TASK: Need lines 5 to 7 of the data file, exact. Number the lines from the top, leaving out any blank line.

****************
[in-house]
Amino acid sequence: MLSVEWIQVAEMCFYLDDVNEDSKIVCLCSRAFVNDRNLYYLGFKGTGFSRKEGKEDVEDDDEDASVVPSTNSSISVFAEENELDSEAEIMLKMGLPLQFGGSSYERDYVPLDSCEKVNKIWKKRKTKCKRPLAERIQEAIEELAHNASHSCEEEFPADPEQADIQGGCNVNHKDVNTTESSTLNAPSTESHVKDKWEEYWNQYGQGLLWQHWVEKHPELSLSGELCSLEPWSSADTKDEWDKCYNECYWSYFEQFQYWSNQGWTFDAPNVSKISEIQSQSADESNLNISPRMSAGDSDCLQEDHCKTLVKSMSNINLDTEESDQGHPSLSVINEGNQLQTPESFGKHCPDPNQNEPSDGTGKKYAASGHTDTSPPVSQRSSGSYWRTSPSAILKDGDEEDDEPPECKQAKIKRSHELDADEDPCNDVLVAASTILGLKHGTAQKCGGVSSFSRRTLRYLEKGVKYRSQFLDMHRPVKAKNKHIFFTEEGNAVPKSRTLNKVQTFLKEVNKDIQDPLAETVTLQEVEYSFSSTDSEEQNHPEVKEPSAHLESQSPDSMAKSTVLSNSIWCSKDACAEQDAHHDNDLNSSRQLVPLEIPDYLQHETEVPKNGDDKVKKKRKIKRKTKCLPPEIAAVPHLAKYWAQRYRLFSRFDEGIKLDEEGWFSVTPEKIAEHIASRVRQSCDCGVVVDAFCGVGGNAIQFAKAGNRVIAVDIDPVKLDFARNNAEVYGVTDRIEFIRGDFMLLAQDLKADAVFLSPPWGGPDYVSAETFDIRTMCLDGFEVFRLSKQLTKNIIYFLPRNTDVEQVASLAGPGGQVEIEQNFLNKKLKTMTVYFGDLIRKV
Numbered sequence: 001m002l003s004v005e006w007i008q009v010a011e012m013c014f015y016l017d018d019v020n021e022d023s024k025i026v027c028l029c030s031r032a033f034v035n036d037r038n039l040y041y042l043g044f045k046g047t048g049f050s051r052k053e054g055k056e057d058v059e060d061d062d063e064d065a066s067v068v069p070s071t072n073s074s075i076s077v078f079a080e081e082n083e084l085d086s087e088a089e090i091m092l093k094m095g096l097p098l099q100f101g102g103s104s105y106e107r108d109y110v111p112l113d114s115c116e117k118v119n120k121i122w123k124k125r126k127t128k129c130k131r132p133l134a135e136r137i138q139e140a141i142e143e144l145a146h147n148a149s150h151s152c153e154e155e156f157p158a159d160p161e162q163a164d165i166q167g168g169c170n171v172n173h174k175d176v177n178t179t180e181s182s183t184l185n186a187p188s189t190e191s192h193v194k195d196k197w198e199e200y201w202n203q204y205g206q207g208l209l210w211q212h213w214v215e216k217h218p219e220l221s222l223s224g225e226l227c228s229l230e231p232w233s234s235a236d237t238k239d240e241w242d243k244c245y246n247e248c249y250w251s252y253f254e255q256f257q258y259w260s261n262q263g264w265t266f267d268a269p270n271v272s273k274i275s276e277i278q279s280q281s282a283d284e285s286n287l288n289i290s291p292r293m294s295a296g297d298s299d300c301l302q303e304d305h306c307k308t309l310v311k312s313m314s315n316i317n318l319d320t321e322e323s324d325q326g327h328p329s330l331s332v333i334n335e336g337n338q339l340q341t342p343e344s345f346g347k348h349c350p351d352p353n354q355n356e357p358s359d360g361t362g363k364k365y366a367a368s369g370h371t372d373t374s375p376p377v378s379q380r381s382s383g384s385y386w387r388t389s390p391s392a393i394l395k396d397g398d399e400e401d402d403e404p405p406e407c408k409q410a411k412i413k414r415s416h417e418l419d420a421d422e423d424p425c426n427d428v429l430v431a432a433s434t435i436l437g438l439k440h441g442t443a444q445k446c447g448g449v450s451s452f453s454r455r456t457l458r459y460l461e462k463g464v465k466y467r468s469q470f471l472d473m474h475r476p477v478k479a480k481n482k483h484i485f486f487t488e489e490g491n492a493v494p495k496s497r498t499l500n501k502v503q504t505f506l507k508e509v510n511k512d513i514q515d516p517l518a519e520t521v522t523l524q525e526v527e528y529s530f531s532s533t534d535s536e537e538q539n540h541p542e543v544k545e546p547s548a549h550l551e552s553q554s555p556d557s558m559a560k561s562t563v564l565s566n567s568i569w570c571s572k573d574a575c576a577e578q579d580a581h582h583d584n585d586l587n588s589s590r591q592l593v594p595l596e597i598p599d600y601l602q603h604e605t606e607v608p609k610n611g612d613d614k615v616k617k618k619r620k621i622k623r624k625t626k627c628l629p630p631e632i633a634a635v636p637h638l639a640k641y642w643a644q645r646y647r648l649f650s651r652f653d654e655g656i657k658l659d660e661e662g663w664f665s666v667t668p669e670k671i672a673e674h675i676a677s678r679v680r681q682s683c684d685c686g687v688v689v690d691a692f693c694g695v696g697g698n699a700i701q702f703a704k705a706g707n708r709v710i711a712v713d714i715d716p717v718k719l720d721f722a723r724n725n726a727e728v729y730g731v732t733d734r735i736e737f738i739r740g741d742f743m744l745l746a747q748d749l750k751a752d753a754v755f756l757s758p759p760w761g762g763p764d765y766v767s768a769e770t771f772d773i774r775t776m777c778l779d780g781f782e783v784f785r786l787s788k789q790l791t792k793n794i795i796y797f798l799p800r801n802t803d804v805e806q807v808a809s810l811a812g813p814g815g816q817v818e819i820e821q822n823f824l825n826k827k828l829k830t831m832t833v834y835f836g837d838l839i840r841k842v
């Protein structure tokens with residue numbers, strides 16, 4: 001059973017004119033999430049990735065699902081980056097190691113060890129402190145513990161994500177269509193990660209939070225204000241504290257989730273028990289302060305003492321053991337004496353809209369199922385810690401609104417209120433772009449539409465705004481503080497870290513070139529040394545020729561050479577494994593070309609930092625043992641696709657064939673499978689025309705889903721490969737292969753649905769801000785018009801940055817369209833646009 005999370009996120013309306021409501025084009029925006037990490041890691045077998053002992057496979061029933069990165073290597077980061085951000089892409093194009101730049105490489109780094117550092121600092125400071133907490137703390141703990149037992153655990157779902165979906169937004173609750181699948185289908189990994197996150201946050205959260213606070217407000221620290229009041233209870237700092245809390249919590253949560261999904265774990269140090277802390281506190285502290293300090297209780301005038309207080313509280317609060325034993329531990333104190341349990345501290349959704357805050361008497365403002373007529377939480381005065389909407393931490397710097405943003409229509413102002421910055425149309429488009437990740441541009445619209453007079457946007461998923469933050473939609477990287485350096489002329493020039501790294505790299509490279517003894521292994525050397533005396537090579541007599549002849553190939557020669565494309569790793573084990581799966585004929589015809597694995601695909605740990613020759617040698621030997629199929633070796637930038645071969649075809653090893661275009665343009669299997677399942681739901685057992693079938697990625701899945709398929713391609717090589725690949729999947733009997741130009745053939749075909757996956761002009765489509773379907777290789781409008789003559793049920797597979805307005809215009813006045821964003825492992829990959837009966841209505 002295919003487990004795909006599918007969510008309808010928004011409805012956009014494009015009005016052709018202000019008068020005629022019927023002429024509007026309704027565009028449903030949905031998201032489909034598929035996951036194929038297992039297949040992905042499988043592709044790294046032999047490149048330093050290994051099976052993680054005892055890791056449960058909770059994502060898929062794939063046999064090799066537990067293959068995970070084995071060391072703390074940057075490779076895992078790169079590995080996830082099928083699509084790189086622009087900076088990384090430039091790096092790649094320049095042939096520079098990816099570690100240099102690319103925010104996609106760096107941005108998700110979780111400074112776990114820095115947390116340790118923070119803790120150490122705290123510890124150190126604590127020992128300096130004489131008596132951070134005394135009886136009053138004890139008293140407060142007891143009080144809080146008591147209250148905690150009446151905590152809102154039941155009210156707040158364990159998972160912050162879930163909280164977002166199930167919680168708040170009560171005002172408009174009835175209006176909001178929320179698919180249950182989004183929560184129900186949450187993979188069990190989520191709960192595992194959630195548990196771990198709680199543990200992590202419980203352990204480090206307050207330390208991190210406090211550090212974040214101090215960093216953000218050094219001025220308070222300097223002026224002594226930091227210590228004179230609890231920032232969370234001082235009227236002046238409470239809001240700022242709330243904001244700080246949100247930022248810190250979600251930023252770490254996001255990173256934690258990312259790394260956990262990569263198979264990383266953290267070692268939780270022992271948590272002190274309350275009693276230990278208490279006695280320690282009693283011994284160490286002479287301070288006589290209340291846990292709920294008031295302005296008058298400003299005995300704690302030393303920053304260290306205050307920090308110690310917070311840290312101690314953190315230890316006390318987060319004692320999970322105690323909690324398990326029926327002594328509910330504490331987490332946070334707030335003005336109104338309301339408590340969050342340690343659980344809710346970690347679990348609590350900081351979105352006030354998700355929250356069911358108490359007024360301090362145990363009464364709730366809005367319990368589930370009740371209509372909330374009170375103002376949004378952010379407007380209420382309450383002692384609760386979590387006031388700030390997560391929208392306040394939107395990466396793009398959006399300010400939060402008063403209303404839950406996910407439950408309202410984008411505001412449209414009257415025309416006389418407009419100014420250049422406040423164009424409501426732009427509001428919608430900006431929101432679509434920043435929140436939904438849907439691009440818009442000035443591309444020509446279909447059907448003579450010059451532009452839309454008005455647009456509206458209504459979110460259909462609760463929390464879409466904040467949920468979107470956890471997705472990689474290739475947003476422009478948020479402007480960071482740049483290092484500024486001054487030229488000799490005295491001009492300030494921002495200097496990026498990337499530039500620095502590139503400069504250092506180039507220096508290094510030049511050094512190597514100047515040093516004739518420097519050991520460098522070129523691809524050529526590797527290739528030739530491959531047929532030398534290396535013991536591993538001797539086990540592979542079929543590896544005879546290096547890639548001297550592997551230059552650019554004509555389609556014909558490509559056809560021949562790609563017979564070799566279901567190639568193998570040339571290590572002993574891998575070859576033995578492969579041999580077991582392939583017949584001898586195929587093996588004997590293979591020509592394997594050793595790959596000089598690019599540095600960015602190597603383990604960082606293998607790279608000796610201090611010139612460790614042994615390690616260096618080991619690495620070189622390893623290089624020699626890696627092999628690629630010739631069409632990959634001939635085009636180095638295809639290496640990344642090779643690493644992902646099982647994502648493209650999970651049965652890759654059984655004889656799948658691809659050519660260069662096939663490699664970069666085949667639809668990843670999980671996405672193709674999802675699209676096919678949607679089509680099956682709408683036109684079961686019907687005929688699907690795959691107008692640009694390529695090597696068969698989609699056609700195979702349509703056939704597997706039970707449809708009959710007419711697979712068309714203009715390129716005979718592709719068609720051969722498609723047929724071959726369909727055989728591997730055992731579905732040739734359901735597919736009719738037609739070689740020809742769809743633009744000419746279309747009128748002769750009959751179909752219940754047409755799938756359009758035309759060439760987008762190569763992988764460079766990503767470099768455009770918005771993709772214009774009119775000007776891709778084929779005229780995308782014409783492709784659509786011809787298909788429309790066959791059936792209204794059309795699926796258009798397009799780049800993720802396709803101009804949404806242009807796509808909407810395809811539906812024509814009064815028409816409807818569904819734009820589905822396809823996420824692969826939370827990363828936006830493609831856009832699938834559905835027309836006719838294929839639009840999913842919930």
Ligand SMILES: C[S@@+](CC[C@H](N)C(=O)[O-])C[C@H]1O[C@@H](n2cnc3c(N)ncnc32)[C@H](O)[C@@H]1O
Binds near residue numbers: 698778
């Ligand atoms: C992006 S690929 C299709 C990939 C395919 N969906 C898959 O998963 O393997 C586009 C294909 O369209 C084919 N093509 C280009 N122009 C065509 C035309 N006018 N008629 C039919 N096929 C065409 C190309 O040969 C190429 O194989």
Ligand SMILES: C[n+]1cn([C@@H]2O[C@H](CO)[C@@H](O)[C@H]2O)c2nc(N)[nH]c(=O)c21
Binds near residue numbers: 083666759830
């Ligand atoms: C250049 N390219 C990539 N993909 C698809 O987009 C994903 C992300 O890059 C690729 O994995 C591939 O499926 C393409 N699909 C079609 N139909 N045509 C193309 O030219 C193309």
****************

Ligand SMILES: C[S@@+](CC[C@H](N)C(=O)[O-])C[C@H]1O[C@@H](n2cnc3c(N)ncnc32)[C@H](O)[C@@H]1O
Binds near residue numbers: 698778
């Ligand atoms: C992006 S690929 C299709 C990939 C395919 N969906 C898959 O998963 O393997 C586009 C294909 O369209 C084919 N093509 C280009 N122009 C065509 C035309 N006018 N008629 C039919 N096929 C065409 C190309 O040969 C190429 O194989």